Safely reduce the cost of your unused Amazon DynamoDB tables using on-demand mode
Imagine that you have thousands of Amazon DynamoDB tables for development and production environments. You want to decommission the tables that nobody uses, because that’s what the AWS Well-Architected Framework recommends for cost saving. How can you find unused tables quickly? Moreover, how to ensure you don’t incur any application availability impact after decommissioning the unused tables?
This post shows how to safely reduce DynamoDB I/O costs by applying on-demand mode to the unused tables instead of deleting them. DynamoDB on-demand mode is one of the two I/O capacity modes for provisioning read and write capacity of DynamoDB tables. In this post, you learn how to find unused tables programmatically, and how DynamoDB on-demand mode reduces your AWS usage cost safely.
How to define an unused DynamoDB table
Developers create DynamoDB tables with a handful of provisioned read capacity units (RCUs) and write capacity units (WCUs) for development or test purposes. However, you might make production tables with a considerable amount of provisioned RCUs and WCUs, or you might make tables using auto scaling with decent amount of minimum provisioned capacity. Occasionally, people forget to monitor if a table isn’t being used. It’s wasteful if a table was configured as provisioned capacity mode, because you’re charged for the provisioned capacities even though you haven’t consumed any I/O. Although each table’s waste amount looks small, it becomes a significant amount when consolidated across teams. To find these tables, you first need to define when a table is declared unused.
In this post, we define a DynamoDB table as unused if the table hasn’t had any read or write activity in the last 90 days, which we determine by checking the Amazon CloudWatch metrics for maximum consumed RCUs and maximum consumed WCUs are both zero in the last 90 days.
You can also change the time window if it suits your team’s environment. Defining such rules upfront and consistently evaluating the environment helps you reduce the churn of communications, especially if you deal with multiple AWS accounts that are managed by various teams in the company.
DynamoDB on-demand mode safely reduces the cost of unused tables
DynamoDB on-demand capacity mode isn’t just a flexible capacity mode, it’s also a billing option that can serve thousands of requests per second without capacity provisioning. It offers pay-per-request pricing for read and write requests so you pay only for what you consumed.
When you enable on-demand mode against unused tables, because they don’t have any I/O activity by the definition in this post, you aren’t charged for any provisioned RCUs or WCUs. Additionally, because the tables are still active, enabling on-demand mode doesn’t introduce risks of irreversible disruptions against dependent applications, if there are any.
Find unused DynamoDB tables
To find unused DynamoDB tables, you need to see past read and write activities. Such information is available by looking at two metrics from CloudWatch: maximum consumed RCUs and maximum consumed WCUs. If the maximum consumed RCUs and WCUs are zero in the past 90 days, it means that no one accessed the table over the last 90 days.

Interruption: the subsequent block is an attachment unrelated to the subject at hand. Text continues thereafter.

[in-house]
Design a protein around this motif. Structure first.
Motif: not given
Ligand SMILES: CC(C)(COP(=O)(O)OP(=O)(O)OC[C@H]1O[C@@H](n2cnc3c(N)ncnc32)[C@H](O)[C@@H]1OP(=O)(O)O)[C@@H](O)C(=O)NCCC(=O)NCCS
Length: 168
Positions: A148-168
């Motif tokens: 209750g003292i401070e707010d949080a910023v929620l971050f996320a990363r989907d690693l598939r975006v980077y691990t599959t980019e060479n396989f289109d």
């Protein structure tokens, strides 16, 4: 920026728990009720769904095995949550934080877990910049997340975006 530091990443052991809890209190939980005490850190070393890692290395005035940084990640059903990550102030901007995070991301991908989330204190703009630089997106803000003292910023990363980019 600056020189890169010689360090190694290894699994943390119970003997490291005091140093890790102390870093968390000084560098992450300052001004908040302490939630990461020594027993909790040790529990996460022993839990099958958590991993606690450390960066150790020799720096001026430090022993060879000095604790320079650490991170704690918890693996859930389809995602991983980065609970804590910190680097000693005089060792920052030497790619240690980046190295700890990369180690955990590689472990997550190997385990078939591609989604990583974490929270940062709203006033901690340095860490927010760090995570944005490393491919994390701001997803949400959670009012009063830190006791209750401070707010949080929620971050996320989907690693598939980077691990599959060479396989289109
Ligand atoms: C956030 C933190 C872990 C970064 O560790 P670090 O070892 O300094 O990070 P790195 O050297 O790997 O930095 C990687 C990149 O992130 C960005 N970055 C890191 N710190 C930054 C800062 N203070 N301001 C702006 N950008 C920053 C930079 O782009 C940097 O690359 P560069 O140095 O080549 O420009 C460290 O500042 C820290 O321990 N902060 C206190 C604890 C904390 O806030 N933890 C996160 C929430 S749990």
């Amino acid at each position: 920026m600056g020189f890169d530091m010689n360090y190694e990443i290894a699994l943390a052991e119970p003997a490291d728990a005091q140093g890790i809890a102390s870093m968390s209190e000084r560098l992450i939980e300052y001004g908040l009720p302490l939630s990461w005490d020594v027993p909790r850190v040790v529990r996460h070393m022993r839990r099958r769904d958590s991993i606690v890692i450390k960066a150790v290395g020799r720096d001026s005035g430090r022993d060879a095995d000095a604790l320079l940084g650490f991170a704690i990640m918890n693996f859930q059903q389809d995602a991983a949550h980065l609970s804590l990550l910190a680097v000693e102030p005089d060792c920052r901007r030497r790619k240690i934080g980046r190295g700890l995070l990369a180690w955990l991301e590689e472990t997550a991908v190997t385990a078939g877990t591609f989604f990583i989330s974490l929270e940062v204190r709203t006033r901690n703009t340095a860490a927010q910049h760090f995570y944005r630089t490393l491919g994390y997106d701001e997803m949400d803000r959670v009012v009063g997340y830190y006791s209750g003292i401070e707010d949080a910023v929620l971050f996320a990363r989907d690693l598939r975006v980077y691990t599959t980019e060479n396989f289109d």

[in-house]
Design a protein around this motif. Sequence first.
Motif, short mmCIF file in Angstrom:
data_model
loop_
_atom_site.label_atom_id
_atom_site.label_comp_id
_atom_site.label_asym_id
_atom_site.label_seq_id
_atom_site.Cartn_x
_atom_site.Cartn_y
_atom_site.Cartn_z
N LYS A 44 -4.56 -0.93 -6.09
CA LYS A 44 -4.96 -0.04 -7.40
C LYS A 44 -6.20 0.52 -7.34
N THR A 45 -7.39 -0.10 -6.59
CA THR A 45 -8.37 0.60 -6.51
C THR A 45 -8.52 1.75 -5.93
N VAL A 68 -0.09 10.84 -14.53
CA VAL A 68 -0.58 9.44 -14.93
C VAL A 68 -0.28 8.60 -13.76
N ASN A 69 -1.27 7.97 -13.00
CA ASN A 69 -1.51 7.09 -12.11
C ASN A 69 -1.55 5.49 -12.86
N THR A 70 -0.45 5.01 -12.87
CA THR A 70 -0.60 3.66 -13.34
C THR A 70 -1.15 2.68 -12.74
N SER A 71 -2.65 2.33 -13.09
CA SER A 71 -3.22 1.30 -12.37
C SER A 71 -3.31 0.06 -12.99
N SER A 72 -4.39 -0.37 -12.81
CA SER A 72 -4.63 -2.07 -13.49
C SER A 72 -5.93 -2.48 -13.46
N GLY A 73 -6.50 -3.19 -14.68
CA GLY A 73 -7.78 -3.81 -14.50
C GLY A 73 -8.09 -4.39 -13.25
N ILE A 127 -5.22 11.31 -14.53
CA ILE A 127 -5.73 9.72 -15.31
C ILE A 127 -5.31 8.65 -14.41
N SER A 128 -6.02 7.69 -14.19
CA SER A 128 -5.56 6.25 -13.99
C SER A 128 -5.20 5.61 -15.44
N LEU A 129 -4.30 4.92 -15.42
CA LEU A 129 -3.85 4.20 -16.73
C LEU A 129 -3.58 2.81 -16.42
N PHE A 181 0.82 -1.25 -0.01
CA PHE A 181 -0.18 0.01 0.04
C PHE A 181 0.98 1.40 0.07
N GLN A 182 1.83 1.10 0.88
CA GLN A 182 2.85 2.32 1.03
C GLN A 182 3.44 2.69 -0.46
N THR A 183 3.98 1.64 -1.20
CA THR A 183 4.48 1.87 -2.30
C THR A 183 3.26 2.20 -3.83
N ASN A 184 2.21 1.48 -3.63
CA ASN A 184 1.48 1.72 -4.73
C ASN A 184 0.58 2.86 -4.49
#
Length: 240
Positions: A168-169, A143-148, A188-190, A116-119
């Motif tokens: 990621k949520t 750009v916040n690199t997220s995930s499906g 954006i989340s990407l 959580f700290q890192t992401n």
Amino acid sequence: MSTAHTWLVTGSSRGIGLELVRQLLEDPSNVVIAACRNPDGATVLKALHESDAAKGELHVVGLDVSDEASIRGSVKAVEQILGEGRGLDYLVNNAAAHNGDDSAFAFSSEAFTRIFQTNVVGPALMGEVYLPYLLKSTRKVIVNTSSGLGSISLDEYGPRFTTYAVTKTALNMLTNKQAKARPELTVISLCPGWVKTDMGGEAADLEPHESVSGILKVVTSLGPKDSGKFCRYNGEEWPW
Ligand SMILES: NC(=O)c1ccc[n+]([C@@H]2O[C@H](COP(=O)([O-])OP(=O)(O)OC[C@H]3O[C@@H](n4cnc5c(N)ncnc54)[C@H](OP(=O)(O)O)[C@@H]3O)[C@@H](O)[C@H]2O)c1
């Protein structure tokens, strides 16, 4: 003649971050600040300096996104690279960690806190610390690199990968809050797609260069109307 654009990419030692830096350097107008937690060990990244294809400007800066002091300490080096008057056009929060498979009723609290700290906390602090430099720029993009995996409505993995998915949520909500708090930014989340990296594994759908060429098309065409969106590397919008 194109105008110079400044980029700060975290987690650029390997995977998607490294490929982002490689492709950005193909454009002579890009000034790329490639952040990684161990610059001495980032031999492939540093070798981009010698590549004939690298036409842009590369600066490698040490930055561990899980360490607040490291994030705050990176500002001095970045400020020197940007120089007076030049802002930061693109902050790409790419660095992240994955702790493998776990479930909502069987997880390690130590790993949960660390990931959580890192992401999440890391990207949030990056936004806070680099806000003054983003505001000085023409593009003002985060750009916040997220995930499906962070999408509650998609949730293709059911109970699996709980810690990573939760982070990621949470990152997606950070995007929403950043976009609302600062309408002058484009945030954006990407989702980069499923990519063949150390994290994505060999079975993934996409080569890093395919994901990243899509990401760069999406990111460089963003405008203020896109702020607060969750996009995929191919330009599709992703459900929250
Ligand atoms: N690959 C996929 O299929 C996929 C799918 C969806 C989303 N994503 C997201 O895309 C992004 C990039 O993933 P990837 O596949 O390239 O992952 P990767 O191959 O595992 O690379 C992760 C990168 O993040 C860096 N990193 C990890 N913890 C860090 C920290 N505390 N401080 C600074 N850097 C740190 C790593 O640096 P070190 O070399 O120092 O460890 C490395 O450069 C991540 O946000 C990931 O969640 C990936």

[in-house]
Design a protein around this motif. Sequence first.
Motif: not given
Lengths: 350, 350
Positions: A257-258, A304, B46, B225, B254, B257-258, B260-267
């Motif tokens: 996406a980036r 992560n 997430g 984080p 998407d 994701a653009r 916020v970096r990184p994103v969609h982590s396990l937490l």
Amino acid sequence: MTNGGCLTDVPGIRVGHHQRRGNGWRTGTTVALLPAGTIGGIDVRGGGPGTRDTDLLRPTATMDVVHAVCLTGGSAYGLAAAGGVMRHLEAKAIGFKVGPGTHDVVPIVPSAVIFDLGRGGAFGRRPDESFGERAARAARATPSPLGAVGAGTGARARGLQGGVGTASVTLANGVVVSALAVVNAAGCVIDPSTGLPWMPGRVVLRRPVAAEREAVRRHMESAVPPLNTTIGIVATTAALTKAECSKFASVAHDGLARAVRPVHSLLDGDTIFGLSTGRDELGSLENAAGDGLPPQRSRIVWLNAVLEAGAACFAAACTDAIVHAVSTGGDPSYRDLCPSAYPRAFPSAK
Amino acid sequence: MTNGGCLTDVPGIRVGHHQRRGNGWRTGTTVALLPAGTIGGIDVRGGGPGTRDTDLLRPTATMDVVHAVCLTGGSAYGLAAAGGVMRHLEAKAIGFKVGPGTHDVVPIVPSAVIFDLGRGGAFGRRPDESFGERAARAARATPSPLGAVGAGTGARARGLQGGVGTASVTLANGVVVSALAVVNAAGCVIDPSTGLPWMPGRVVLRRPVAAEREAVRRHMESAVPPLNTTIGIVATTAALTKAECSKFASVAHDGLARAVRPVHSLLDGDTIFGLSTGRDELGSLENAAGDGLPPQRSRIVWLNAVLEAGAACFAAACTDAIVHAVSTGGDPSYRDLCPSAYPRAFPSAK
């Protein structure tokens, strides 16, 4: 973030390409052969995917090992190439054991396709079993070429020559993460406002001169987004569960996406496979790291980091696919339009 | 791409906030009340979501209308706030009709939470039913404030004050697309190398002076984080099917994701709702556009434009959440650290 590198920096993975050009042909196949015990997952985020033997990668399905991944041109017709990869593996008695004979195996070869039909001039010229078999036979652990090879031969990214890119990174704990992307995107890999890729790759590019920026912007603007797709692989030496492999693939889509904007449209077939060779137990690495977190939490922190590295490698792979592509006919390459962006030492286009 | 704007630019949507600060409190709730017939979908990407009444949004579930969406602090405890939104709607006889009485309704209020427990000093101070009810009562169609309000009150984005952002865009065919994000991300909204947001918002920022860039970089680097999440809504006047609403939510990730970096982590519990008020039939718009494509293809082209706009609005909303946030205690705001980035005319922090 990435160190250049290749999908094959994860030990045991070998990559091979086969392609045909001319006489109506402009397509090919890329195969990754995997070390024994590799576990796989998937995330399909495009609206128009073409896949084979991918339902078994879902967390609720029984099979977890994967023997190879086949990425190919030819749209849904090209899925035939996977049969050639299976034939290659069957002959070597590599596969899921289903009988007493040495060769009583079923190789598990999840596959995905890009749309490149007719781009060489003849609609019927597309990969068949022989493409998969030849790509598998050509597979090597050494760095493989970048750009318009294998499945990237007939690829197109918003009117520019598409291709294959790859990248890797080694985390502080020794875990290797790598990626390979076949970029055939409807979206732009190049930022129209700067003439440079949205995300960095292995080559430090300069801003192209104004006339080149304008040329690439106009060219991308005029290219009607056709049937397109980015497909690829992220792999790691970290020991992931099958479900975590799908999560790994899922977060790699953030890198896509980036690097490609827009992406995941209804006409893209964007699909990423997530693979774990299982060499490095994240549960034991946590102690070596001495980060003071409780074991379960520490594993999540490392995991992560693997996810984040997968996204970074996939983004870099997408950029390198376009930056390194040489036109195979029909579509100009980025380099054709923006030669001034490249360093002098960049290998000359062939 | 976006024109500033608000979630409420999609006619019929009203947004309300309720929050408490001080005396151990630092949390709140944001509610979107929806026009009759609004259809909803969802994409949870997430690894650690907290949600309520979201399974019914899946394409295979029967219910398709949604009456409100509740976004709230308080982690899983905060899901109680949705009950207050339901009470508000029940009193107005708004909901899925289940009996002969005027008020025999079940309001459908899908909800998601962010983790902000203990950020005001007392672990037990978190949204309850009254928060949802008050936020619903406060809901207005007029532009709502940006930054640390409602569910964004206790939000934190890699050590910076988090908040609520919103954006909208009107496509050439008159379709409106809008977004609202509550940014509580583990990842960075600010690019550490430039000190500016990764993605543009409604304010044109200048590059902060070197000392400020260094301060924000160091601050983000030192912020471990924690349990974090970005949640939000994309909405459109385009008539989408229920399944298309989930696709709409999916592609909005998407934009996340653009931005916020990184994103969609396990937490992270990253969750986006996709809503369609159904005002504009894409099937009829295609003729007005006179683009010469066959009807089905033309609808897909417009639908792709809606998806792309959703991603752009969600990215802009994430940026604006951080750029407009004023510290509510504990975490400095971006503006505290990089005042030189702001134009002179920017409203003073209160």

The following Node.js function
assessTable gets a table name as input and determines if the table is unused based on these two CloudWatch metrics. This sample function also determines whether a given table is empty or has data in it.
Enable DynamoDB on-demand mode
The following Node.js function
remediateWaste gets a table name along with its status, then enables on-demand mode if a table is active, has provisioned capacity mode, and isn’t being used:
Automate finding and remediating unused table wastes
To monitor unused table waste, you need to scan the list of tables and evaluate if each table is unused periodically, such as weekly or daily. After you identify the tables, you can delete them manually or enable on-demand mode programmatically to automate I/O waste remediations. For this post, let’s assume you want to automate the identification and remediation process.
For each table, you need to check the CloudWatch metrics to determine if tables are unused, then enable on-demand mode. Although we recommend doing this daily, such as every morning, you can choose your preferred interval, such as weekly or monthly.
Now let’s see how you can automate such tasks using AWS Lambda and CloudWatch Events. Because we implemented the
remediateWaste functions, we implement a Lambda main handler, which retrieves the list of tables and invokes the preceding Node.js functions. The following code is the sample implementation of the Lambda main handler:
This main handler function gets the list of DynamoDB tables, calls the
assessTable() function to determine if any table is unused, then calls
remediateWaste() to enable DynamoDB on-demand mode.
The following diagram shows our solution architecture. It periodically finds and remediates the wasted cost of unused DynamoDB tables in the AWS account’s Region where the solution is deployed.
The solution includes the following steps:
- CloudWatch Events runs the Lambda function on a scheduled basis, such as 3:00 AM every day.
- An AWS Identity and Access Management (IAM) role is attached to the Lambda function to allow access to DynamoDB and CloudWatch.
- The function retrieves the list of DynamoDB tables in a Region.
- The function checks the item count of the table and the read and write capacity consumptions via CloudWatch metrics to identify empty unused tables.
- The function enables DynamoDB on-demand mode for the unused tables.
Package the solution as an AWS CloudFormation template
Let’s bundle the solution together as an AWS CloudFormation template.
- Compress and save it as
- Upload the ZIP file to your Amazon Simple Storage Service (Amazon S3) bucket so you can point to the ZIP file as the source code location of the Lambda function, which you create via the CloudFormation template.
To deploy the solution, you need to implement a CloudFormation template that creates the following resources: